Early tulips, out of season clematis, almond pruning and more!

Every few weeks, I’m in the hot seat on BBC Suffolk’s Saturday programme during the gardening hour. Listeners can call, tweet or Facebook their queries, and I’ll respond live on air. Here’s some of the most recent calls, and the answers…!


Val from Felixstowe has some tulips which have shoots ALREADY, what should she do…?

Val seems to have planted her tulips a little earlier than is usually advised, and the slightly warmer weather has meant they’ve started to shoot already. But, Val will find the growth will now slow right down, as much colder temperatures persist. The foliage is frost-hardy, so even if they’re covered in snow, they’ll stay healthy, and once the spring weather arrives, they’ll bounce back into growth, and flower!

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John in Barton Mills asks if he can reduce the height of his almond tree…?

Yes, it’s certainly practical to keep your tree compact, so you can actually reach the crop of nuts when it’s ready..! Prune during the summer, to avoid risk of bacterial infection. Almonds are best pruned into a ‘wine glass’ shape, so take away tall, higher branches, branches growing sideways and any crossing growth. The key is to allow sunlight into the centre of the tree, helping nut ripening…!!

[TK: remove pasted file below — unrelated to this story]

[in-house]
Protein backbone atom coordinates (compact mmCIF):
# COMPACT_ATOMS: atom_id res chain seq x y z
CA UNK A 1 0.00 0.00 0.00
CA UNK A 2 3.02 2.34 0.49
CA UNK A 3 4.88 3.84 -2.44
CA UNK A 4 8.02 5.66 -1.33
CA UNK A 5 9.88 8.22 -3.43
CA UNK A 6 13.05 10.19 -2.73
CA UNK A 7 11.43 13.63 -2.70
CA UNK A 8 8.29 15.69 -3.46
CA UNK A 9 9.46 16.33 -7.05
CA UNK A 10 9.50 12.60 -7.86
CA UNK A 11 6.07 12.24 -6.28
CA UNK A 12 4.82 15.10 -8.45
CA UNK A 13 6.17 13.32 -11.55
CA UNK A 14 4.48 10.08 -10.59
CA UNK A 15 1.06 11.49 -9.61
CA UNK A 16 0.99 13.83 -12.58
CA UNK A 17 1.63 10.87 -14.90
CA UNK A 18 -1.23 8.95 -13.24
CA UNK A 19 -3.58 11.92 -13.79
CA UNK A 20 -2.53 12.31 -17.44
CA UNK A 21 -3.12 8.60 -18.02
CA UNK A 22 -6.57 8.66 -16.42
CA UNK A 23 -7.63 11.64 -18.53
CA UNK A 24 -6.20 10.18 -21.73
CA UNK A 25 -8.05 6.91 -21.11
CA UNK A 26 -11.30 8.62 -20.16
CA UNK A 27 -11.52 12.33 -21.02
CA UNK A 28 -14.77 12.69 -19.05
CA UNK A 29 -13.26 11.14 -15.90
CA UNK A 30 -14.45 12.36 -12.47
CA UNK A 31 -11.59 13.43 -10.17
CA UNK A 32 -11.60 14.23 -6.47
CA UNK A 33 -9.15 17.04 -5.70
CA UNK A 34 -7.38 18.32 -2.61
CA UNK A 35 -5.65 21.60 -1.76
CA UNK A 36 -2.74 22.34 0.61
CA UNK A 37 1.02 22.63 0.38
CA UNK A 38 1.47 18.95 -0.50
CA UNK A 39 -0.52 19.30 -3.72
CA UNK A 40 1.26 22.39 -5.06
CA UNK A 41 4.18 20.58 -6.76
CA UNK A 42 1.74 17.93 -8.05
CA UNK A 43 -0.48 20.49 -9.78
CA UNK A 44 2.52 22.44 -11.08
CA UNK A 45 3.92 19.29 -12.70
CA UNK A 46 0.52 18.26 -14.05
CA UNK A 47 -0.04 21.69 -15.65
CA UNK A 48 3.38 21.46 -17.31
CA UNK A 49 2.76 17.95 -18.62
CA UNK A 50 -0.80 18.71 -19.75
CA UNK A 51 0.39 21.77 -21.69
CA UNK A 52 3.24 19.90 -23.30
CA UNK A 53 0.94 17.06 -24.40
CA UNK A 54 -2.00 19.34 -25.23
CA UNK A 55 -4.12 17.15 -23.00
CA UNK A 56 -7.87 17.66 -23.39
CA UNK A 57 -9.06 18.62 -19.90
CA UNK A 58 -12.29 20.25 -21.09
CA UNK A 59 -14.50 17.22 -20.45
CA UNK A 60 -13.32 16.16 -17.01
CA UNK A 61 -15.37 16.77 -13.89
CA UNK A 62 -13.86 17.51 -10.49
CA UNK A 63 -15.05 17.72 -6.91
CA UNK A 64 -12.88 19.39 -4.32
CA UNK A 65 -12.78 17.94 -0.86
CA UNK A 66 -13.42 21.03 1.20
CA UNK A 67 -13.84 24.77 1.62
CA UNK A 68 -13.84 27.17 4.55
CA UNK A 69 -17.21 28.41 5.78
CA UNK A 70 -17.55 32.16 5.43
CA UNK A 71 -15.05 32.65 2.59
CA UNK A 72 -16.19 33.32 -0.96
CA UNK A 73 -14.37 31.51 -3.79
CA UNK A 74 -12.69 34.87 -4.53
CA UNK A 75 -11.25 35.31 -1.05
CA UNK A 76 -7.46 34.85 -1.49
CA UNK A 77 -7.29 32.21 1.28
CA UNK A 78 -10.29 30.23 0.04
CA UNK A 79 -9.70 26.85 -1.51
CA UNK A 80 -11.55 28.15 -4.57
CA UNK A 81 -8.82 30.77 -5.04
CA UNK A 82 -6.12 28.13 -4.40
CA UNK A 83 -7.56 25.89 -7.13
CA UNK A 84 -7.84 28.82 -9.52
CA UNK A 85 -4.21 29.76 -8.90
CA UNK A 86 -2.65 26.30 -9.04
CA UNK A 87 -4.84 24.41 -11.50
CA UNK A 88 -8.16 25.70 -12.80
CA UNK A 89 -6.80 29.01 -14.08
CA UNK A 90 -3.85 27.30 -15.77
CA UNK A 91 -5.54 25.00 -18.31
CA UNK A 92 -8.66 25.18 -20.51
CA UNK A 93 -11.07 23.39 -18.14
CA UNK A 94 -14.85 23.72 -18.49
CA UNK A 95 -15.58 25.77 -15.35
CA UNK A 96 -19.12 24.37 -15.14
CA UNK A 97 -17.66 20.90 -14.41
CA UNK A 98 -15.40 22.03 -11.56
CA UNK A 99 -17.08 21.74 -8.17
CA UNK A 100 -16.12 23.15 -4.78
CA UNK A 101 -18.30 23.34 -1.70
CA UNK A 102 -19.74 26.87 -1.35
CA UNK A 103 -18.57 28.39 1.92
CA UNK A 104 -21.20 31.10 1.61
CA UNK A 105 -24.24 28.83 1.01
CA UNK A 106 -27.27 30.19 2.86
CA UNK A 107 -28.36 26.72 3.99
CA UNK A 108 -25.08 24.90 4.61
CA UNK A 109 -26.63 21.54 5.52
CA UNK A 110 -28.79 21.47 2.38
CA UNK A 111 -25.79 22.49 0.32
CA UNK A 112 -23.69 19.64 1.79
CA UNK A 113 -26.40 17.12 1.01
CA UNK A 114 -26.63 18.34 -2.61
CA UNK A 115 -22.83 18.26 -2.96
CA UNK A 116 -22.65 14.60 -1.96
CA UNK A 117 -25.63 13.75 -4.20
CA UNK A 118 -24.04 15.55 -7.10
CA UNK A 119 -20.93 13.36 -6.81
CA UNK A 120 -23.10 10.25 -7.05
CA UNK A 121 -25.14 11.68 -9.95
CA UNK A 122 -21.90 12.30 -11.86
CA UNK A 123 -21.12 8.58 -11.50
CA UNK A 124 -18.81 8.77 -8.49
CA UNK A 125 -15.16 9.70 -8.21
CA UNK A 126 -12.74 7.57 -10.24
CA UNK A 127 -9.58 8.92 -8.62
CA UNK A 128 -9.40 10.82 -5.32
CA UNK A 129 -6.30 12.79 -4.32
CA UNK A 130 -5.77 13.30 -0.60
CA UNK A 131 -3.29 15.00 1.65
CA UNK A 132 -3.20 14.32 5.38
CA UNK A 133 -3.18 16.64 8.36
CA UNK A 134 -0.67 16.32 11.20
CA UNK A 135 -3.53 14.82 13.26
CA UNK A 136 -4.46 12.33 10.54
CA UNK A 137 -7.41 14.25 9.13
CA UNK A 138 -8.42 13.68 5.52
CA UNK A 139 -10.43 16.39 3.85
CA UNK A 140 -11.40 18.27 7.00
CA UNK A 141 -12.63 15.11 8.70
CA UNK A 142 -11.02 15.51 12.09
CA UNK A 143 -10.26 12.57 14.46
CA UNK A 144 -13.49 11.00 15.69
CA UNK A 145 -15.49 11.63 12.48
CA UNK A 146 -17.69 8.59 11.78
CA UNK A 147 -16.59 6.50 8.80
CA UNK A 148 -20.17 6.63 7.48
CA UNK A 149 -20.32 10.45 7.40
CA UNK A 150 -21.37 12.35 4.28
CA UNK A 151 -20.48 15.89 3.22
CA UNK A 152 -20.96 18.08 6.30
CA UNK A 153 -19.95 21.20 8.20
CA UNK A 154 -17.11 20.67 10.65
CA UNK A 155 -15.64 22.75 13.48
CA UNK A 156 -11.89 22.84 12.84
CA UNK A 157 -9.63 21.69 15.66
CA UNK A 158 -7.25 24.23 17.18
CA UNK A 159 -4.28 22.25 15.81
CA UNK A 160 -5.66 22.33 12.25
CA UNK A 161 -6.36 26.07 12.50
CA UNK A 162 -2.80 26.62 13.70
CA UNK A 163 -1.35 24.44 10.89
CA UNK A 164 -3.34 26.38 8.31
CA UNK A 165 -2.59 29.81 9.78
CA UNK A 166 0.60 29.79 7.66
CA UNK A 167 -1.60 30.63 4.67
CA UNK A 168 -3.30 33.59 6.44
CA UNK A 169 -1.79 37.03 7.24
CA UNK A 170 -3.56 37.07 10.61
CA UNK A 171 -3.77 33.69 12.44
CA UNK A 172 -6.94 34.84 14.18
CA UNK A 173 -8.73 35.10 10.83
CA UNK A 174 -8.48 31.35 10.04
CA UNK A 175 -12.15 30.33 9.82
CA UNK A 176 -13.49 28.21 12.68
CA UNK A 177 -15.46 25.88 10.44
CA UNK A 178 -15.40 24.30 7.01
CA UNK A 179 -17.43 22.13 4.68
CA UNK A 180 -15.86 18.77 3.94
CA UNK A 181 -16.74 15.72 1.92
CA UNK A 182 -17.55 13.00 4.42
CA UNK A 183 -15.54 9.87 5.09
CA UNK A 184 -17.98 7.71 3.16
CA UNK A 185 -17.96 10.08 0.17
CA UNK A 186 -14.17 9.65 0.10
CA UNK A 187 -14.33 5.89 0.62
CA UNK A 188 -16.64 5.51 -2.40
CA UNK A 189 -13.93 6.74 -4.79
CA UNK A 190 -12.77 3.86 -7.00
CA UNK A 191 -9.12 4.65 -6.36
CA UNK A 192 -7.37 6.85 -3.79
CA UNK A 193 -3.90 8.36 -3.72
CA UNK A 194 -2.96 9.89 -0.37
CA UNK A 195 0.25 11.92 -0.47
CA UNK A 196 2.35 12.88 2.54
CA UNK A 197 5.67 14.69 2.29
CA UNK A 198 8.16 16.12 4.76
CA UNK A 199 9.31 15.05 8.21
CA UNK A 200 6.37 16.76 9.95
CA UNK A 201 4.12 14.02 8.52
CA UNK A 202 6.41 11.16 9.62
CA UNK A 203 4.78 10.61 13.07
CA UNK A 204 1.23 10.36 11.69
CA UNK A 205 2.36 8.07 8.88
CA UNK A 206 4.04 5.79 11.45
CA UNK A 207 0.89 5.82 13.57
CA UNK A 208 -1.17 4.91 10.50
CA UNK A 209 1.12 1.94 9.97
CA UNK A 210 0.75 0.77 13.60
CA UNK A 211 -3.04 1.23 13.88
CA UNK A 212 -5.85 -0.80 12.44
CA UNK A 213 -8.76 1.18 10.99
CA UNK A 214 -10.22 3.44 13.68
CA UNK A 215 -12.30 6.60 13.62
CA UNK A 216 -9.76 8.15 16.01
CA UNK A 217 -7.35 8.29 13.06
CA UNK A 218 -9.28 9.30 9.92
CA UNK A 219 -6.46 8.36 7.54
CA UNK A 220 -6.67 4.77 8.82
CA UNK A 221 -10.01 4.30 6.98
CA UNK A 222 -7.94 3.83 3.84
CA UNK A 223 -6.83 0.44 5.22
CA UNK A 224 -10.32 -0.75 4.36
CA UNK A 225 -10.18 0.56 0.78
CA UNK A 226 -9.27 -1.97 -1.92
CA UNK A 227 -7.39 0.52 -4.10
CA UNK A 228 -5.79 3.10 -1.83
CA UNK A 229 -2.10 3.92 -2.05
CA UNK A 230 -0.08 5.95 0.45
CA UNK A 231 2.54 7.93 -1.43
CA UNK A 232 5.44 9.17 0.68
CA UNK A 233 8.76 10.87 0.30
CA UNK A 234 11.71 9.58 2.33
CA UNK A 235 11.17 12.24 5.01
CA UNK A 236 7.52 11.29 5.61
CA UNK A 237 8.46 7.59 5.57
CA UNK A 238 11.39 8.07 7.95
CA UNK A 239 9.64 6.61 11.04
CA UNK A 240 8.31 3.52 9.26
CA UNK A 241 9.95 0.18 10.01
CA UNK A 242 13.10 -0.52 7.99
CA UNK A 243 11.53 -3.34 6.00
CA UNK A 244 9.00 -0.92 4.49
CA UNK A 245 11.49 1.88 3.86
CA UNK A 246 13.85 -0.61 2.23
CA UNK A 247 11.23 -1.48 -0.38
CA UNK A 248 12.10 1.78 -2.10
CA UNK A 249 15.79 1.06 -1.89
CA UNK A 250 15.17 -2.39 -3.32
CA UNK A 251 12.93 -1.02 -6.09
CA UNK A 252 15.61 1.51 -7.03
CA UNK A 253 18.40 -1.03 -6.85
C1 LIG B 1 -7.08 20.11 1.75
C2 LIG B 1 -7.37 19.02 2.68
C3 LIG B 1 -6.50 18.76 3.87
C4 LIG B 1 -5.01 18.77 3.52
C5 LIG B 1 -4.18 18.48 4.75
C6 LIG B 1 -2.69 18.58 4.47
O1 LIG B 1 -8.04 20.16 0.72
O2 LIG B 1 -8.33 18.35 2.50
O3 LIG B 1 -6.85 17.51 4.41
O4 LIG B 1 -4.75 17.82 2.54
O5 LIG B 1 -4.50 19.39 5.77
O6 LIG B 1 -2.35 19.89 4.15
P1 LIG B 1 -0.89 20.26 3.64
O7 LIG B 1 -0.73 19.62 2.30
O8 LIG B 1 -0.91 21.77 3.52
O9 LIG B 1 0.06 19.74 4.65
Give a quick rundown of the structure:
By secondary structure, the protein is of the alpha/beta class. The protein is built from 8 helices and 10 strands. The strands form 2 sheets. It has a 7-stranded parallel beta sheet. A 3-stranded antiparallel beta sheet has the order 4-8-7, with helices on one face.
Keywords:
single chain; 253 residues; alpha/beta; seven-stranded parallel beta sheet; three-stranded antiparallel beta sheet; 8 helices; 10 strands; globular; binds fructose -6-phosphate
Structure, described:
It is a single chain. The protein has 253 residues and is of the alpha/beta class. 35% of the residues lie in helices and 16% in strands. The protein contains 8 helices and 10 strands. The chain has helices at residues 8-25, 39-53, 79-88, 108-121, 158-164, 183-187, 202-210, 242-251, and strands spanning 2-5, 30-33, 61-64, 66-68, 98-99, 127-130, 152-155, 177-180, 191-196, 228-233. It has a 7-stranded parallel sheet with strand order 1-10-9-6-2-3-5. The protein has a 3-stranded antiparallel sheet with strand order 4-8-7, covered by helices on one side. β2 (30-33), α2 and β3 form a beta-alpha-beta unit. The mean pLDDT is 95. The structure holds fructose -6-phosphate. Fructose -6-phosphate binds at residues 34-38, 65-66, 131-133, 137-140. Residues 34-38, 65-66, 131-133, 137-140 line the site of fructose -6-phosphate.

Diana from Bury St Edmunds has a Clematis montana in flower now.. is this unusual?

I’m thinking that must be a super display, it’s one of my favourite Clematis, with it’s pink punch in the garden! Now, i wonder which variety Diana has, because although quite little know, there are some repeat-flowering varieties out there, ‘Continuity’ is one of them! Look out for it if you can, and you can enjoy Clematis montana all summer, as well as during the spring!

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Eileen from Hemley has some seed ripening on her Magnolias, what should she do…?

This is just the right time to collect the seeds, this needs to be done as the cone starts to split, and the seed still nice and fresh! You’ll notice an orangey covering on the seeds, which should be washed off before sowing. Before you sow, please be aware that plants are not often pollinated successfully, so seed may not be viable, but it’s always worth a go!!

Mix the seed with sand, and place in a sealed bag, and refrigerate for 2 months, this gives the seed it’s natural cold period (stratification- simulating natural conditions). After 2 months, sow the seed normally, and place the container in a quiet corner.. and wait!

Bear in mind that magnolias can take 10 years-ish to flower when grown from seed..!

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